Well now. I was not quite ready for the experience that was The Gift to Stalin, Rustem Abrashev’s tale of a man recounting his escape and survival as a boy during the forced deportations/migrations imposed by the Soviet Union in the 1940’s. Now I’ll be the first to admit that my Modern European lessons haven’t solidly stayed with me over the years, but I know for sure that there is a very special place reserved in hell for one Joseph Stalin. An incredible amount of lives in the Soviet Union were ended senselessly (something I feel is too often glossed over), but millions of people were also displaced. This film in all honesty should be weighed down by the darkness of that time period, but the story is told on a smaller and more localized scale, with it’s focus the people of a small village in Kazakhstan and their determination to live life as best as they know how, despite all that is going on.
The story in The Gift to Stalin opens in a flurry: With the sudden death of his grandfather, the refugees on a deportation train plot to help young Sashka escape exile by means of hiding him among the bodies of the already deceased, which will be removed from the train on the next stop. He is saved from certain death – a soldier is checking the dead bodies by stabbing them – with the aid Kasym, a one-eyed and relatively quiet railworker who is prepared to cause a stir by defending Sashka mere moments after laying eyes on the him. Kasym whisks the boy back to a his small village home in Kazakhstan, which is populated by other refugees exiled for various reasons, depending on one’s politics, religion or ethnicity. Sashka is quickly taken by the villagers and is raised as Kasym’s son, who’s frequent conversations help to shape the boy’s mind. He is coming into his own when he discovers a flyer that states to celebrate Joseph Stalin’s birthday, children of the Soviet Union are making him gifts, which the winner will get to deliver to the dictator in person. Sashka becomes convinced that if he wins, perhaps he can persuade Stalin to free his parents from imprisonment for their religious beliefs.
It is clear from the premise of the film that young Sashka’s innocence is tattooed all across it, as is evident in one particular scene where he says, “I just don’t understand… in Moscow, we don’t kill anybody!” His naive viewpoint of the world, his sorrow for his absent family and joy in his new life all combine to give what should be a bleak and disheartening story one of hope, and at times, happiness against all odds. Sashka plays with the other boys, joining their “gang” and coming up with ideas to help their schemes more successful. He bonds with them over stories about their families, past experiences and their beliefs and thoughts on God. In this, I am reminded that the way children adapt to their surroundings, no matter how harsh, always astounds me. Yes, it’s a sad film; it’s just sad in a different way.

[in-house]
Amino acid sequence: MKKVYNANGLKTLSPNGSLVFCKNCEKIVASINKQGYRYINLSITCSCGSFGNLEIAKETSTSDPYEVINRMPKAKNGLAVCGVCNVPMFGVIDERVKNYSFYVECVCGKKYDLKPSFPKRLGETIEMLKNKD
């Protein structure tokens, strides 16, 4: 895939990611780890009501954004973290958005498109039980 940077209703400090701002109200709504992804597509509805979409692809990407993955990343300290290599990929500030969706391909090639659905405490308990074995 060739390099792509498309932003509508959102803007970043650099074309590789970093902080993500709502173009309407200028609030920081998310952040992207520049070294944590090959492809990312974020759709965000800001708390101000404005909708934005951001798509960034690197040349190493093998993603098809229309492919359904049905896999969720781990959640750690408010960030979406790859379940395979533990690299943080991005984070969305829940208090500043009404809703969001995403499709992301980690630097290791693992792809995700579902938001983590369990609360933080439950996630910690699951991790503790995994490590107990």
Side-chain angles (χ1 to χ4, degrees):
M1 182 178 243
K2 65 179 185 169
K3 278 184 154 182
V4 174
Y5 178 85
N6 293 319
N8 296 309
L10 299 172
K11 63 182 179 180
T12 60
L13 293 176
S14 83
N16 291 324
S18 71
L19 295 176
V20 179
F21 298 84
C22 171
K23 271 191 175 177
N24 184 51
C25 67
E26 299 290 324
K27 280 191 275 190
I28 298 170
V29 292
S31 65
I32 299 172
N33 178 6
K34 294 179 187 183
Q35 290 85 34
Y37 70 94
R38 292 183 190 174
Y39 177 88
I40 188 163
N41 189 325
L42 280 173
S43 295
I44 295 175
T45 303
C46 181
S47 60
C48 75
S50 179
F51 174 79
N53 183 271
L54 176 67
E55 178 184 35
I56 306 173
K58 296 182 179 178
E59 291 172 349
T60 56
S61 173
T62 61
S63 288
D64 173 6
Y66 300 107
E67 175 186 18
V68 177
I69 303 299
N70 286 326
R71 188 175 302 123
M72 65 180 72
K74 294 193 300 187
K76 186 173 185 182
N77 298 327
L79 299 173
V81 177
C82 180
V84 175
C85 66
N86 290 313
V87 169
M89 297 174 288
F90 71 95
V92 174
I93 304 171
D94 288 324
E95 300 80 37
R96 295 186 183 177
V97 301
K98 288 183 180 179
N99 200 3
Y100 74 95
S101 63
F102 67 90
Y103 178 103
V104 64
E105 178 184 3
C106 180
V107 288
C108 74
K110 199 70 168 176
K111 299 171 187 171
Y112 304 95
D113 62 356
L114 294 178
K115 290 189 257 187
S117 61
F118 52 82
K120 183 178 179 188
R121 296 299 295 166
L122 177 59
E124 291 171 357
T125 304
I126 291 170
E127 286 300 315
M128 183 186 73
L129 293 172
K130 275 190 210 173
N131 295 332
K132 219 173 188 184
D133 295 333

The refugees of the village are an interesting collective, surviving the misfortunes life has bought them as well as enduring the new daily challenges brought on by the Soviet Army. The town is constantly plagued by livestock thieving military, as well as a lecherous and womanizing police officer who’s visits bring nothing but terror and fear. They cling to each other, more and more as the film goes along as they come to understand that they are an enormous family, and this is all a harsh life will permit them to have.
Also, the symbolism of Sashka’s pet – a young pure white sheep separated from the rest of his flock at the start of the film – is not lost on me. As Sashka’s gift to Stalin it does seem a little heavy-handed but in such a great film it is also easily forgiven, especially when compared to the gift Stalin gives the people of Kazakhstan in return. A history lesson I definitely didn’t recall about atomic testing is involved.
There is something so strikingly beautiful about the landscape of Kazakhstan, and there are numerous opportunities to see it throughout The Gift to Stalin; be it the endless fields of wheat and the plains that go on forever, or the small watering holes that the boys play around. What else I found striking about the country was the variety of people who live there. I certainly did a head scratch when I saw that some of the children and adults (including Kasym) looked distinctly Asian in origin, yet spoke Russian; later research would tell me that Kazakhstan is bordered by 5 countries, including China. A geography major, I am not.
The Gift to Stalin really is an impressive piece of work. I can’t express fully how surprised I was at the depth of what the story would entail, but I will say this: We too often consider the hardships in our perspective countries to be the worst, until we come along stories that are humbling in comparison, and this film is a fine example of such. I encourage you to give The Gift to Stalin a viewing; it was certainly an enlightening and educational one for me.